What happened next shocked everyone. Even as the mutter of outrage at his words became a roar, Companion Serilla stepped forward resolutely. As Roed turned, surprised, she set her small hand to the center of his chest. Baring her teeth in sudden effort, she shoved him backward off the dais. The fall was a short one; it would have been an easy jump if he had been prepared, but he was not. He went over with a yell, arms flailing. Ronica heard the sharp crack of his head against the floor, and then his howl of pain. Men closed in around him. There was a brief flurry of struggle.
“Stand clear of him!” Serilla shouted, and for one confusing instant, Ronica thought she defended the man. “Disperse, or share his fate!” Like trickling water vanishing in sand, those few who had attempted to help Roed fell back and merged suddenly into the crowd. Roed alone remained, held immobile by his captors, one arm twisted up behind him. He gritted his teeth against the pain, but managed to spit a curse at Serilla. Traders, both Old and New, were the ones who held him. At a nod from Serilla, they wrestled him away from the gathering. Ronica wondered, as she watched him taken away, what they would do with him.
Companion Serilla suddenly flung her head up and looked out over the crowd. For the first time, Ronica saw the woman’s face alight as if a true spirit resided in her. She did not even look after the man she had overthrown. She stood, whole and temporarily in command.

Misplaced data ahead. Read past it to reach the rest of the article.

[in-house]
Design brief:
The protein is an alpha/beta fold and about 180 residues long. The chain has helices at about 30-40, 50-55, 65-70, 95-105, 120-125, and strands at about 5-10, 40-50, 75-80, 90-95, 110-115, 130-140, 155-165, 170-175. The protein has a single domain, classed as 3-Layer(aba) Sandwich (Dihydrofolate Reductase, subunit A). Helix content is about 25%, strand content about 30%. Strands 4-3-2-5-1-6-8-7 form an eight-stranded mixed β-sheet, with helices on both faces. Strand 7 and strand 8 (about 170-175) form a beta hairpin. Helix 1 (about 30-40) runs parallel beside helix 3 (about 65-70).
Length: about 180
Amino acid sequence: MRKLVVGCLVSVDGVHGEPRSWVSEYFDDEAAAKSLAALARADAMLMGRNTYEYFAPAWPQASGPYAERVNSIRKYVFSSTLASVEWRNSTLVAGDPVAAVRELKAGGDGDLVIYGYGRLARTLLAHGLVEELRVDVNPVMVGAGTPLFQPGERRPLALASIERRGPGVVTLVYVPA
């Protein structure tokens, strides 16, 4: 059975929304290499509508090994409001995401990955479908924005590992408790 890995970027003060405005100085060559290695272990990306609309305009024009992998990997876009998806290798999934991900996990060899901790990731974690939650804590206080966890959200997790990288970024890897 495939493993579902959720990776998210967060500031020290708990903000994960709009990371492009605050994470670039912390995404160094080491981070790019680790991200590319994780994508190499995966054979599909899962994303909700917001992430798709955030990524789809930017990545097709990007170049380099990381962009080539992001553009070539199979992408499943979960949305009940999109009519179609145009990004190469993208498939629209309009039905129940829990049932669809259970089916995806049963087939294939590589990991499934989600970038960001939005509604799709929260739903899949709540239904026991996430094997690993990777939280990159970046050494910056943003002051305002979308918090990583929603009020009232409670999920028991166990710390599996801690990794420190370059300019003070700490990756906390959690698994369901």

“We cannot tolerate Roed Caern, or those who think like him,” she declared loudly. “He seeks to sow discord when what we need is unity. He speaks against the authority of the Satrapy, as if it perished with Satrap Cosgo. You know it has not! Heed me, folk of Bingtown. Whether or not the Satrap is alive does not matter at this time. What does matter is that he left me in authority, to take on the weight of his rule if he should perish. I shall not fail him, nor his subjects. Whatever else you may be, one and all, you are subjects of the Satrap, and the Satrapy rules you. In that, at least, you can be equal and united. ” She paused and let her gaze travel over the others who shared the dais with her. “None of you are needed here. I am capable of speaking for all of you. Moreover, whatever treaty I work out with the dragon will bind all of you equally. Is not that best? To let someone with no personal ties to Bingtown speak for all of you, impersonally?”
She almost succeeded. After Roed, she sounded reasonable. Ronica Vestrit watched folk exchanging glances. Then Dujia spoke from the other end of the dais. “I speak for the Tattooed when I say that we have had enough of the ‘equality’ the Satrap bestowed upon us. Now we will make our own equality, as residents of Bingtown, not Jamaillian subjects. We will have a voice in what is promised to this dragon. For too long, others have disposed of our labor and our lives. We can tolerate it no longer. ”